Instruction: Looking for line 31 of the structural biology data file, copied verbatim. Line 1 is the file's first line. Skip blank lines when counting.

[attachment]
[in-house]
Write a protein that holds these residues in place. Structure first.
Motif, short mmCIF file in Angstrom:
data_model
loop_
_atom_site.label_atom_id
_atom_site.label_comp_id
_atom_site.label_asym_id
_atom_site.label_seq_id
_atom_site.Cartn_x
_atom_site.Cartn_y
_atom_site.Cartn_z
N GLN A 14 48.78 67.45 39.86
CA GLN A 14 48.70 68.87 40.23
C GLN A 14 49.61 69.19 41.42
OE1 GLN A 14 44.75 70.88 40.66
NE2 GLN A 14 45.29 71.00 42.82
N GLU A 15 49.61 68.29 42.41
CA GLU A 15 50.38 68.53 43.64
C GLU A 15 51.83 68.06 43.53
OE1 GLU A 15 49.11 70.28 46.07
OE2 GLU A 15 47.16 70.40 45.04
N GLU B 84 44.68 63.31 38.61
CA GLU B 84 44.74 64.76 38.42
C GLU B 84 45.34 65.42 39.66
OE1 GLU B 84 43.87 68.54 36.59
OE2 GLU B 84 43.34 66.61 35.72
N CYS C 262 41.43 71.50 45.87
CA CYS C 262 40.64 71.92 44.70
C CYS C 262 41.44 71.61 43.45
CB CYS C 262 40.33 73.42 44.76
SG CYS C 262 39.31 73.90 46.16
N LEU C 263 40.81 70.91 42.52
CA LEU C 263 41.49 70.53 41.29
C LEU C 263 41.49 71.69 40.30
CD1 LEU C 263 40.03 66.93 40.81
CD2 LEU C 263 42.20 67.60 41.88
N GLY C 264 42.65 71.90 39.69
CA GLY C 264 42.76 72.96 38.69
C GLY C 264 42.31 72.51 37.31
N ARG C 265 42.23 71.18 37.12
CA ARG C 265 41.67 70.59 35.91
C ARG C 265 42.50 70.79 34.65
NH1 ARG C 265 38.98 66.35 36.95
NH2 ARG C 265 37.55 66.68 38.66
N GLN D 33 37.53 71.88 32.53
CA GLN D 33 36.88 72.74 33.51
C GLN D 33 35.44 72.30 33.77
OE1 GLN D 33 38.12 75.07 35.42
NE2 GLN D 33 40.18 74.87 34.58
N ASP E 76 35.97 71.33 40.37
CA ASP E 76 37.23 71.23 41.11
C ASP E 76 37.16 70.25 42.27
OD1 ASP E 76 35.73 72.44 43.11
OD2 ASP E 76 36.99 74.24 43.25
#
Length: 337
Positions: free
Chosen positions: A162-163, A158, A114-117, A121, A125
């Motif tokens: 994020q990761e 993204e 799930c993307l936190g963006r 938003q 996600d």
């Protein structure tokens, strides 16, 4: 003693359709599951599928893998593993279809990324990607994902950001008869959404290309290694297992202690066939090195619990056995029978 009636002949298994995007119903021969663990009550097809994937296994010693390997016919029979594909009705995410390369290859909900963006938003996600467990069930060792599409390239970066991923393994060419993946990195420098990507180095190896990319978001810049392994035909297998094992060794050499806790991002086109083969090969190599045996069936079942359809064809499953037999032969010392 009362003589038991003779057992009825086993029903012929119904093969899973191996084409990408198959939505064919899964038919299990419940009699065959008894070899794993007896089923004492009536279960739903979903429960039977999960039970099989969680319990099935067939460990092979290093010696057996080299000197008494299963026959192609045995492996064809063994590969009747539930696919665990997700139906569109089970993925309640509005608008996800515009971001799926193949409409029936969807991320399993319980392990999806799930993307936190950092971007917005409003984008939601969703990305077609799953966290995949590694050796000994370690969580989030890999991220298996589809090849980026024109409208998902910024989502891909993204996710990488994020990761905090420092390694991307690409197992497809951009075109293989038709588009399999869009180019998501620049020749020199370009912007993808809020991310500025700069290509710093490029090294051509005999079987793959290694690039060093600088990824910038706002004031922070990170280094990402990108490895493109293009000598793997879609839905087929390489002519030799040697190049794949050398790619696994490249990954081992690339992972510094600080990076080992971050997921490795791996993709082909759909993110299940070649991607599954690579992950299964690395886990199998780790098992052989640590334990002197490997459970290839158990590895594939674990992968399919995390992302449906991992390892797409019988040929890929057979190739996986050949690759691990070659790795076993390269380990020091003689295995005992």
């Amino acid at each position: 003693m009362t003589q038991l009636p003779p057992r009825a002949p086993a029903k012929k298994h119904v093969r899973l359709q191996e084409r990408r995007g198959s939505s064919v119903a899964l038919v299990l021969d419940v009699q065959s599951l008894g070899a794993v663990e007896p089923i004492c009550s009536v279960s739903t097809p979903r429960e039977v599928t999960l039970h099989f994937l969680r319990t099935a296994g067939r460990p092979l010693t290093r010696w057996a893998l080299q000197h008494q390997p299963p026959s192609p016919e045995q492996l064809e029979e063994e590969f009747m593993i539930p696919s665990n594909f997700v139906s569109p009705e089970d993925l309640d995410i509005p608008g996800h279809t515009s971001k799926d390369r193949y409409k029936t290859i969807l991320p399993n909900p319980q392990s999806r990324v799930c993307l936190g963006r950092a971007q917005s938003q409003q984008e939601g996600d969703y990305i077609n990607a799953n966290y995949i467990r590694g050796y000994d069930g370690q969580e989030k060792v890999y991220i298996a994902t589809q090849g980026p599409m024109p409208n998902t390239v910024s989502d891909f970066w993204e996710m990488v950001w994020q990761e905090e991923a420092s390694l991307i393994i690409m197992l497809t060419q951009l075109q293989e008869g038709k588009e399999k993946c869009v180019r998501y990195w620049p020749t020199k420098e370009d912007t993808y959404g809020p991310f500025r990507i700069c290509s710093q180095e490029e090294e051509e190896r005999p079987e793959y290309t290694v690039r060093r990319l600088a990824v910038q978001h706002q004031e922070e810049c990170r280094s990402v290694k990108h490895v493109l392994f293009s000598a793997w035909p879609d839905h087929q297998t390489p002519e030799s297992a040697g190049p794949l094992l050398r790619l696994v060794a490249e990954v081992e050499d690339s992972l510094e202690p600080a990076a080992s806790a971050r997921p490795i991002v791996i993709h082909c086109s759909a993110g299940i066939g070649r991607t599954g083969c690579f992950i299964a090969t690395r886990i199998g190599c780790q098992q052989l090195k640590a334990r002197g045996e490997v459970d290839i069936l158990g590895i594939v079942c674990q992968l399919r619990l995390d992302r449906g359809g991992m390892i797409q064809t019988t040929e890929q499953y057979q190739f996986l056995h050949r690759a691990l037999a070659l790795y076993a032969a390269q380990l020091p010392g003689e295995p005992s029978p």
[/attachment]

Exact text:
CB CYS C 262 40.33 73.42 44.76